Graphic design is much more than taking a picture and adding text to it. It’s the art of communicating visually, visual problem solving.
So why is it so important? Well, imagine walking in a shopping centre and every shop has their name above their door in the same font, no colour, no style, no shape… Or what about magazines? If you page through a magazine and you just see one big block of words without any style, colour, images or different layouts. Would it keep you interested to read through the magazine?
This is where graphic design comes in – the visual message that a brand, magazine, billboard or poster sends needs to keep the reader’s attention to get your message out to them.
Graphic design has been with us since as long ago as 15 000 BC. Yes, it started in the age of the cavemen, who made symbols and pictographs on cave walls. It was used by monks in the Dark Ages. Even the Egyptians used it when creating papyrus.
Interesting elements in graphic design
When designing, you work with different elements to compliment your design, such as texture, line, shape, space.
What about typography?
Typography forms an important part of the graphic design process. Your choice of typography can set the mood and emotion in your design. There are different type styles, such as friendly, aggressive, calm, successful. By using the exact same words but in a different font, you can convey two different messages.
In this image I have used exactly the same words, “You are the one I want…” Can you see the difference in the message given by the words, when you make use of different fonts?
Shapes and patterns
When adding a shape to a design, you need to think about the message that you want your brand to convey. Is your brand strong, successful, feminine, trendy, do you want to show stability? If you decide to use a circle in your logo, this could suggest any of the following, safety, protection, free movement, completeness, unity, femininity and many more. It is really important to think about the meaning of the shape before using a triangle, square, geometric form etc. in your design. It is the same when using patterns; patterns can convey a feeling of stability, order or even motion.
Just like type fonts, colour also plays a big role in sending out the correct message when designing something. Look at the difference in the mood between the white text on the red background and the red text on the black background. Romantic vs Scary – while using the same words.
Every colour you use can have a different meaning, but the lack of colour could have a meaning as well. Purple can give a meaning of rich or royal, where blue can portray reliability or calmness. Red has a lot of meanings – love, danger, passion, violence or even adventure. Instead of just adding a few colours together you can look deeper into the meaning of each color. Do not use too many colours. Most well-known brands only use two colours in their logo. So how do you choose which colours to use together? Here you can think about complimentary, contrasting, reflective and analogous colours.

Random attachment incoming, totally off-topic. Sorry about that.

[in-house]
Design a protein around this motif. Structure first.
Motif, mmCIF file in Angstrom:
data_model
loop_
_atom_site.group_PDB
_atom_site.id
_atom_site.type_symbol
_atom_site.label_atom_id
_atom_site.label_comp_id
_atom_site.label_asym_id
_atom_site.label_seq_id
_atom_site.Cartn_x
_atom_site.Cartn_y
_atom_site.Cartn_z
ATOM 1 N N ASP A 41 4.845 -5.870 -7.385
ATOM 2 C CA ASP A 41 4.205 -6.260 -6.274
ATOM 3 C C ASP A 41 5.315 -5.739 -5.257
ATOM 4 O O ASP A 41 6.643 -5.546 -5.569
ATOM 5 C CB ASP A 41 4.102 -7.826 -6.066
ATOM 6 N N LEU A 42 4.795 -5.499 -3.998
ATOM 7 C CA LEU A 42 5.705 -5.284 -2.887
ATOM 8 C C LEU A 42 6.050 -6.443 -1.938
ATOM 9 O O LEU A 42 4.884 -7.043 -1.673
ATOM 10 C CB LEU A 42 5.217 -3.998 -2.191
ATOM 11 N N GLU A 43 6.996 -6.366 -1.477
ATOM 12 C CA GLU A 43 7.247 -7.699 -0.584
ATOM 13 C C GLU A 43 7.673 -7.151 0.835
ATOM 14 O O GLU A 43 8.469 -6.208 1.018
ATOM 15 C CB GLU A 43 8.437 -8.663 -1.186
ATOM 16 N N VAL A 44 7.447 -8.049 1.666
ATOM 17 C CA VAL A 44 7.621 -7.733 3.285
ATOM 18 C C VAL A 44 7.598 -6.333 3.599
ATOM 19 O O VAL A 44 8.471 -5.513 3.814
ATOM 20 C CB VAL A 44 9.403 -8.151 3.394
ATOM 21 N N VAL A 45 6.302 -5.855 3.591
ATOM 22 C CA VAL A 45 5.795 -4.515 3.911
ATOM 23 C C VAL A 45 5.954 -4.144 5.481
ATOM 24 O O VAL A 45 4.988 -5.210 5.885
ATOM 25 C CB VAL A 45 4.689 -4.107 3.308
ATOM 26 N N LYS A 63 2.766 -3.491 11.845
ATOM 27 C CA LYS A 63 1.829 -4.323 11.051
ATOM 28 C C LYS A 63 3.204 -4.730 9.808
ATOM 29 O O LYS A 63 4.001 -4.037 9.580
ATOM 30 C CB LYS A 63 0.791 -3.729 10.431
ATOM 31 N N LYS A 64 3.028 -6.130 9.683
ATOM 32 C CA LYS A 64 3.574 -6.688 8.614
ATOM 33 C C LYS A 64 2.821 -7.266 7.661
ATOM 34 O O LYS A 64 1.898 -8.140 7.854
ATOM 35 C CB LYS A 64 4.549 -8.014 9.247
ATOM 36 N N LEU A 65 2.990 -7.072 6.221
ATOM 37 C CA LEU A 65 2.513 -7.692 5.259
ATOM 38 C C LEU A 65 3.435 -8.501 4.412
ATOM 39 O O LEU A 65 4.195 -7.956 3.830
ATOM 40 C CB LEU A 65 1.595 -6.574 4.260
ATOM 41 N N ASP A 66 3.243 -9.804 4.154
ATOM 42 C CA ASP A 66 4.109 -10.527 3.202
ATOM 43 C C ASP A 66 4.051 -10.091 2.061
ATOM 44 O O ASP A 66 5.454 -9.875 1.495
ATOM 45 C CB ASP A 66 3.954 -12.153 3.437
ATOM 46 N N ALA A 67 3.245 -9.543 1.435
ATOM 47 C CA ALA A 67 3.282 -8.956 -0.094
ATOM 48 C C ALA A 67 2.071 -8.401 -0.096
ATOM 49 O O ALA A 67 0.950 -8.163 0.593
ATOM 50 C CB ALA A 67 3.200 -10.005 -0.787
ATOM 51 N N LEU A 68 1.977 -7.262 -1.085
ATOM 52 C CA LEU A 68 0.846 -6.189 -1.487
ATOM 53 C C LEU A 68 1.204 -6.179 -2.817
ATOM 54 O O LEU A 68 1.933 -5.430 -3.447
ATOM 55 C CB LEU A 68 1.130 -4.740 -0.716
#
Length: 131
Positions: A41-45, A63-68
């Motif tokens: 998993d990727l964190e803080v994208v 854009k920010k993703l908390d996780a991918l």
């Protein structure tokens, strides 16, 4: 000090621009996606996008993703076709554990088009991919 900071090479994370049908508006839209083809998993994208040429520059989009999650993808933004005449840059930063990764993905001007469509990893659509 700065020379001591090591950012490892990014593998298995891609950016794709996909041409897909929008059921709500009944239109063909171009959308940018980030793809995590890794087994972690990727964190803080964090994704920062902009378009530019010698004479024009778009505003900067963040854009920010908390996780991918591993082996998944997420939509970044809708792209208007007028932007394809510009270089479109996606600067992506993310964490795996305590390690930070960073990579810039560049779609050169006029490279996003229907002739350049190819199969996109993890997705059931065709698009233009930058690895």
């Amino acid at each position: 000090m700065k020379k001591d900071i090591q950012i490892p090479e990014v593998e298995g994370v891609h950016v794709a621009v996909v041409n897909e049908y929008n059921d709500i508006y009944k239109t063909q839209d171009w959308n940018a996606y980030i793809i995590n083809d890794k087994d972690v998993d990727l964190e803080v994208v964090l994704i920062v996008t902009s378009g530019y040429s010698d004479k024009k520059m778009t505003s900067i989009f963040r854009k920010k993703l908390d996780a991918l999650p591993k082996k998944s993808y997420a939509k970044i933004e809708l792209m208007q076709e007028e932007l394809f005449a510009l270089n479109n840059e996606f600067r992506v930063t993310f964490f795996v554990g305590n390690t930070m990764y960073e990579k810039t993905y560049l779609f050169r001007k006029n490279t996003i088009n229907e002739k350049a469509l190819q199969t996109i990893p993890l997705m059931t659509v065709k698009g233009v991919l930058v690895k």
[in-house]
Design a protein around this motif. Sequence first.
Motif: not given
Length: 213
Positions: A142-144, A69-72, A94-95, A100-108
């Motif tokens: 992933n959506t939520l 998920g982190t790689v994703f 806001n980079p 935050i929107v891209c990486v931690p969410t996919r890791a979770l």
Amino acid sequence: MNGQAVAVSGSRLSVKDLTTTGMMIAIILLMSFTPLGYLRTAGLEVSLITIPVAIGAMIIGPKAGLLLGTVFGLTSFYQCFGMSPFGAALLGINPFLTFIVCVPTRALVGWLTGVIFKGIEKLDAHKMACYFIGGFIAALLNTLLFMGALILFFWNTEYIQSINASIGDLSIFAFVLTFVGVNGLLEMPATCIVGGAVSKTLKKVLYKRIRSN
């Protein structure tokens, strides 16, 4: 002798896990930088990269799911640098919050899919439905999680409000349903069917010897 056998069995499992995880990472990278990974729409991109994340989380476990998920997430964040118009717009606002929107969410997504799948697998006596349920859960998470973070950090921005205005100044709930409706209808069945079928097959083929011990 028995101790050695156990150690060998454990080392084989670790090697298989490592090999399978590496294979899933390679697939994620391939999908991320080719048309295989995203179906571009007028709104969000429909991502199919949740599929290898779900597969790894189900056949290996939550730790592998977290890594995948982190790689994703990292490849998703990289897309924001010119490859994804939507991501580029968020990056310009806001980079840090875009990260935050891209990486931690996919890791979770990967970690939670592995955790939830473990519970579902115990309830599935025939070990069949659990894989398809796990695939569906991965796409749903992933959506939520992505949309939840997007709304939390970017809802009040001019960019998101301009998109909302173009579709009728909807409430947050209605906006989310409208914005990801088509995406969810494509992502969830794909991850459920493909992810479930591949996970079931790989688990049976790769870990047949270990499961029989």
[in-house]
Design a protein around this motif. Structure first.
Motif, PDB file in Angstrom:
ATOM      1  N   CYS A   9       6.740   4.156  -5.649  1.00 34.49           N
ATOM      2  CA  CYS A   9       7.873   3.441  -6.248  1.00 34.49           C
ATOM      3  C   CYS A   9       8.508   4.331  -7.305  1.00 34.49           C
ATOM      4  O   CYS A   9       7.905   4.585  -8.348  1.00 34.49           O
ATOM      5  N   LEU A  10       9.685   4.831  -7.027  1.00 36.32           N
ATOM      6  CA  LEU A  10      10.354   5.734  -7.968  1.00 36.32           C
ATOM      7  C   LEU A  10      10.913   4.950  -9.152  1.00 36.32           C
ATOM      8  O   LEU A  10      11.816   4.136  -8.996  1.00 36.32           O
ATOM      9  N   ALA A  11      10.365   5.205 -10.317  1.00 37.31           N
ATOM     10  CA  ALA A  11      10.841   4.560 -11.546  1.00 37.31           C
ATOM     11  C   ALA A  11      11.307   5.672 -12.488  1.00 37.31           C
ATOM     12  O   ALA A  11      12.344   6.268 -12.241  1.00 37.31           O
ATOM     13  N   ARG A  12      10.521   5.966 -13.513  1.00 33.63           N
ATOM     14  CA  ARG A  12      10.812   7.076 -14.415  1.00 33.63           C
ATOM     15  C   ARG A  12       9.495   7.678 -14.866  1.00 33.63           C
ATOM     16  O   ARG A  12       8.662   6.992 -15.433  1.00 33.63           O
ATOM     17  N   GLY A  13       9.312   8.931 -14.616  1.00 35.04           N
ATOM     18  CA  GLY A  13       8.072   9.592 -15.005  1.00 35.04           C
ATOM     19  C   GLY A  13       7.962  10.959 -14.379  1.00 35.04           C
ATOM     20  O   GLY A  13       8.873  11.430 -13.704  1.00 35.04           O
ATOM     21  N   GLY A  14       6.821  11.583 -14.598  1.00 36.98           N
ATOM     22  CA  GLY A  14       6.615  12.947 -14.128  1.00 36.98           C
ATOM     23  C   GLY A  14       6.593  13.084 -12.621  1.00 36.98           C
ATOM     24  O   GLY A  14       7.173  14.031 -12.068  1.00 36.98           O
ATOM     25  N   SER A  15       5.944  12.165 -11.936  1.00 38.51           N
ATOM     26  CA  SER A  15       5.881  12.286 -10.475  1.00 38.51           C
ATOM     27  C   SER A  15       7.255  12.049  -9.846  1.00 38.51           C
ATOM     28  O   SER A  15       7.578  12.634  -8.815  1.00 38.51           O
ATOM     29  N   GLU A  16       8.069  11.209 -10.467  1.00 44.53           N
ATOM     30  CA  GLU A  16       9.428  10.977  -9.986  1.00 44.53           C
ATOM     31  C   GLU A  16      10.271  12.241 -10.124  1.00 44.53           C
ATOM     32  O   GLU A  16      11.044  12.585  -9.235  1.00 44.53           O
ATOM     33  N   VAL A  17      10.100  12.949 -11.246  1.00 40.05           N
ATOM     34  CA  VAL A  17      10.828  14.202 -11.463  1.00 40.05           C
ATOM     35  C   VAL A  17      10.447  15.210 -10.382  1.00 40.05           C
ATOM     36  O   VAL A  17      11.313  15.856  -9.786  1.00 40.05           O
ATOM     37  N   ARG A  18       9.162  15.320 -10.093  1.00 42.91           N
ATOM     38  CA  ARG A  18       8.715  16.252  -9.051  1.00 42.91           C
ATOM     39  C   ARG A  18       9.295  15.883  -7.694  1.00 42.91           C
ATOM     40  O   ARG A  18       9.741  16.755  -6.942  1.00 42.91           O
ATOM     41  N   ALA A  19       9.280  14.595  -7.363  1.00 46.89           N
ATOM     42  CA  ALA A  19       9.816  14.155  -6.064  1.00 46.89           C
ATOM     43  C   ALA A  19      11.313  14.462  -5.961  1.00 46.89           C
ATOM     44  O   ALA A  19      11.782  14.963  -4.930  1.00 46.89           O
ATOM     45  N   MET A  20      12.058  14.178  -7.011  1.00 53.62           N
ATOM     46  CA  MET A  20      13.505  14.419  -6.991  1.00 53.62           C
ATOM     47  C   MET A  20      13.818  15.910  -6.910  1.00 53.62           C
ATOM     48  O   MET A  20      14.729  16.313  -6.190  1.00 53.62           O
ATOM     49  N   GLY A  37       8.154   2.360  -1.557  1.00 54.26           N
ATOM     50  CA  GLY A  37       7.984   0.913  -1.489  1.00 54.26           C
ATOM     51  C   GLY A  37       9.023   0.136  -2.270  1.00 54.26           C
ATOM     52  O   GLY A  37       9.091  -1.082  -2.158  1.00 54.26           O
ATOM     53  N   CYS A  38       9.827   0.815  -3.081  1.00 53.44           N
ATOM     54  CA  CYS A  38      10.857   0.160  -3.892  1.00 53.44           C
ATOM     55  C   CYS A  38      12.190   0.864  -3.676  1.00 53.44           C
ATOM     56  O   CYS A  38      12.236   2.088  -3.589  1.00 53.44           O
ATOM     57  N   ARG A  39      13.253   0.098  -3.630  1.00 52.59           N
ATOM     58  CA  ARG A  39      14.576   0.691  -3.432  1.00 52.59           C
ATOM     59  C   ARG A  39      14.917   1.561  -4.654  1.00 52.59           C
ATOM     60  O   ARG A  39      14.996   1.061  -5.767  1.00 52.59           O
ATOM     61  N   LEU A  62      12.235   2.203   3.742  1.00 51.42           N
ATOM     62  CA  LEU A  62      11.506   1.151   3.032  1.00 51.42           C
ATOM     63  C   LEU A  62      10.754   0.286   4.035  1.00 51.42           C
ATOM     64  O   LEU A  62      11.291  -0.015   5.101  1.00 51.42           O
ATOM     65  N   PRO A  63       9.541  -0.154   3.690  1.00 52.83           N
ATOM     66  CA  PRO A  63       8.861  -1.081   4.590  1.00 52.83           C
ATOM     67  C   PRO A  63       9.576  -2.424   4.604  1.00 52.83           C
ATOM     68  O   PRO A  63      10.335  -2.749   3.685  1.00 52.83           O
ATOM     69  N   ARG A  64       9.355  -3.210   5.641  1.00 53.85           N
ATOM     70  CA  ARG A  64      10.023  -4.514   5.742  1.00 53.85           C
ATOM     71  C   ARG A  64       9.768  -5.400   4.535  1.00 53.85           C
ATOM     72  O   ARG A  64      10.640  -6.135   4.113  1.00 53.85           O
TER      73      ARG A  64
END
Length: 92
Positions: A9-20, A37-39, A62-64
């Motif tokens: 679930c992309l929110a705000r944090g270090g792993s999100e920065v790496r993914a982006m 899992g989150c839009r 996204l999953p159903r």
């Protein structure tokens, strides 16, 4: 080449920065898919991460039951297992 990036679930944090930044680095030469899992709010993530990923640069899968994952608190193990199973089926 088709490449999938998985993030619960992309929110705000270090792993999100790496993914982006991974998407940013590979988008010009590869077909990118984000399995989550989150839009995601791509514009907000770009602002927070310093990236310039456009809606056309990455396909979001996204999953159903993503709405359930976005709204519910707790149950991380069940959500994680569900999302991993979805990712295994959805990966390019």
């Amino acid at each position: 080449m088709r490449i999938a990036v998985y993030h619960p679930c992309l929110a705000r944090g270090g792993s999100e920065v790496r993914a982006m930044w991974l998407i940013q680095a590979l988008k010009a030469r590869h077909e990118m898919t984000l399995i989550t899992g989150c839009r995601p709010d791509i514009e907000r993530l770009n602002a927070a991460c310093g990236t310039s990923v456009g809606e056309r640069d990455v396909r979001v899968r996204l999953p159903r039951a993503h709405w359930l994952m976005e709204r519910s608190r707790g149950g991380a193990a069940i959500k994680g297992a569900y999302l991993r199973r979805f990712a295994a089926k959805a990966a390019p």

Lines can suggest different meanings. A thin line can suggest frailty and easy to break, where a thick line can suggest strength and difficulty to break. A vertical line can suggest dignity, upwards growth, lack of movement. Where a horizontal line can suggest security and stability. You can also choose between lines such as diagonal, curved, zigzag, dashed, artificial and natural.
I constantly find myself when standing in a shop or even when I am watching television, not looking at what the name is on a logo or advertisement, but actually looking at the shapes, colours, lines, fonts and white space used by the designer. To me, graphic design is a really interesting field to explore. Even after I finished my degree, I constantly find myself doing research, tutorials and watching “How To” videos. This is an industry that is constantly evolving, and it is best to upskill, especially with the constant updates to the tools used.
Hiring a full-time graphic designer for your company?
Why not hire a virtual assistant to take care of the graphic design tasks you must get done in your company? Your virtual assistant can take tasks such as the following off your plate:
- company branding
- website designer
- social media designer
- eBook designs
- even image editing
Why not give it a try? Our world is changing and as we go into the future, virtual work will become the “go-to” option. We can already see this happening. To find more information about virtual assistants, take a look at VA Connect.
Photo by Anthony Shkraba from Pexels
With the current state of the world it is extremely difficult to stay motivated – even the most driven people struggle.
Staying motivated to achieve sales targets in any climate can be taxing. Managers and supervisors can get frustrated and use methods of motivation that may be detrimental rather than effective, such as negative reinforcement. I personally do not respond positively to negative reinforcement and having managed a small sales team for a few years, neither did they.
A great demonstration of this is shown in a Netflix series called 100 humans that experimented with this theory in an episode named Pain versus Pleasure. This episode centers around how humans respond to criticism versus praise, and which works better.